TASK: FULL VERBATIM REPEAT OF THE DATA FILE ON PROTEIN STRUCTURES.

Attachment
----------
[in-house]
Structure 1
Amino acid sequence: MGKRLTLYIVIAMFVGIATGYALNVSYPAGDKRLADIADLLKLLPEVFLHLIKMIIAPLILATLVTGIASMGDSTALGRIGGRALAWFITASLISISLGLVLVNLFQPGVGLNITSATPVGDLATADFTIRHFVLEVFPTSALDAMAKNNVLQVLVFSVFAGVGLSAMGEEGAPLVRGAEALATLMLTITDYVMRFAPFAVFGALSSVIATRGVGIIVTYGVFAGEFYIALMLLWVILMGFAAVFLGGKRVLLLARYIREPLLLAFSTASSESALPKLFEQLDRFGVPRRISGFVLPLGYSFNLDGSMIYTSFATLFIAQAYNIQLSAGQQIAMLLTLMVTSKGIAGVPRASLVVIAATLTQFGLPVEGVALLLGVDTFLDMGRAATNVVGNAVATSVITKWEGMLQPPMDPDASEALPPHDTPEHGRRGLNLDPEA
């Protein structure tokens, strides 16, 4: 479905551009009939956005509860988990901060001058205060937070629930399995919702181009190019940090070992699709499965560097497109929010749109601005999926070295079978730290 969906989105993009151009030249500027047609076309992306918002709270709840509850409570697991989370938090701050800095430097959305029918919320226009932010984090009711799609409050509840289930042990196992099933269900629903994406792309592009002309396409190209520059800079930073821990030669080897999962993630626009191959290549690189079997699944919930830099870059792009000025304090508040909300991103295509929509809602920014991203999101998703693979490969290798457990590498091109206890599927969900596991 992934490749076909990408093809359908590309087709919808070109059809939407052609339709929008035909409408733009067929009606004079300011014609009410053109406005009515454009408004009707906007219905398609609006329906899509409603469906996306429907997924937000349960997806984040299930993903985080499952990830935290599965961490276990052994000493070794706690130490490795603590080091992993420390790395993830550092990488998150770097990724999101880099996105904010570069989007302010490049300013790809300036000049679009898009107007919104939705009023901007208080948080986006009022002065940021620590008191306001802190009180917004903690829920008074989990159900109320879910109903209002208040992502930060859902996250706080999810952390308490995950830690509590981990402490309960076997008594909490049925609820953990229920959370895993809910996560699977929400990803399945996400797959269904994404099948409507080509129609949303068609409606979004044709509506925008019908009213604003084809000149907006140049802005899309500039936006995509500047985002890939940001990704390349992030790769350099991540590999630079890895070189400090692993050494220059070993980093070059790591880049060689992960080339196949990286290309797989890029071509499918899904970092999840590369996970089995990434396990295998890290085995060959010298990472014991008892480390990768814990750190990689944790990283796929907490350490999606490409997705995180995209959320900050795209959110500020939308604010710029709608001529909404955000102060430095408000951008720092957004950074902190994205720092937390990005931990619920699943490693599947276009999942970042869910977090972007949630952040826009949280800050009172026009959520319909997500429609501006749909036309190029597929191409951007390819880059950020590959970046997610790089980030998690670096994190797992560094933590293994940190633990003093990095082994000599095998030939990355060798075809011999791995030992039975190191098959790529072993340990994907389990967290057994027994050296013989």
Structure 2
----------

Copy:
[in-house]
Structure 1
Amino acid sequence: MGKRLTLYIVIAMFVGIATGYALNVSYPAGDKRLADIADLLKLLPEVFLHLIKMIIAPLILATLVTGIASMGDSTALGRIGGRALAWFITASLISISLGLVLVNLFQPGVGLNITSATPVGDLATADFTIRHFVLEVFPTSALDAMAKNNVLQVLVFSVFAGVGLSAMGEEGAPLVRGAEALATLMLTITDYVMRFAPFAVFGALSSVIATRGVGIIVTYGVFAGEFYIALMLLWVILMGFAAVFLGGKRVLLLARYIREPLLLAFSTASSESALPKLFEQLDRFGVPRRISGFVLPLGYSFNLDGSMIYTSFATLFIAQAYNIQLSAGQQIAMLLTLMVTSKGIAGVPRASLVVIAATLTQFGLPVEGVALLLGVDTFLDMGRAATNVVGNAVATSVITKWEGMLQPPMDPDASEALPPHDTPEHGRRGLNLDPEA
């Protein structure tokens, strides 16, 4: 479905551009009939956005509860988990901060001058205060937070629930399995919702181009190019940090070992699709499965560097497109929010749109601005999926070295079978730290 969906989105993009151009030249500027047609076309992306918002709270709840509850409570697991989370938090701050800095430097959305029918919320226009932010984090009711799609409050509840289930042990196992099933269900629903994406792309592009002309396409190209520059800079930073821990030669080897999962993630626009191959290549690189079997699944919930830099870059792009000025304090508040909300991103295509929509809602920014991203999101998703693979490969290798457990590498091109206890599927969900596991 992934490749076909990408093809359908590309087709919808070109059809939407052609339709929008035909409408733009067929009606004079300011014609009410053109406005009515454009408004009707906007219905398609609006329906899509409603469906996306429907997924937000349960997806984040299930993903985080499952990830935290599965961490276990052994000493070794706690130490490795603590080091992993420390790395993830550092990488998150770097990724999101880099996105904010570069989007302010490049300013790809300036000049679009898009107007919104939705009023901007208080948080986006009022002065940021620590008191306001802190009180917004903690829920008074989990159900109320879910109903209002208040992502930060859902996250706080999810952390308490995950830690509590981990402490309960076997008594909490049925609820953990229920959370895993809910996560699977929400990803399945996400797959269904994404099948409507080509129609949303068609409606979004044709509506925008019908009213604003084809000149907006140049802005899309500039936006995509500047985002890939940001990704390349992030790769350099991540590999630079890895070189400090692993050494220059070993980093070059790591880049060689992960080339196949990286290309797989890029071509499918899904970092999840590369996970089995990434396990295998890290085995060959010298990472014991008892480390990768814990750190990689944790990283796929907490350490999606490409997705995180995209959320900050795209959110500020939308604010710029709608001529909404955000102060430095408000951008720092957004950074902190994205720092937390990005931990619920699943490693599947276009999942970042869910977090972007949630952040826009949280800050009172026009959520319909997500429609501006749909036309190029597929191409951007390819880059950020590959970046997610790089980030998690670096994190797992560094933590293994940190633990003093990095082994000599095998030939990355060798075809011999791995030992039975190191098959790529072993340990994907389990967290057994027994050296013989």
Structure 2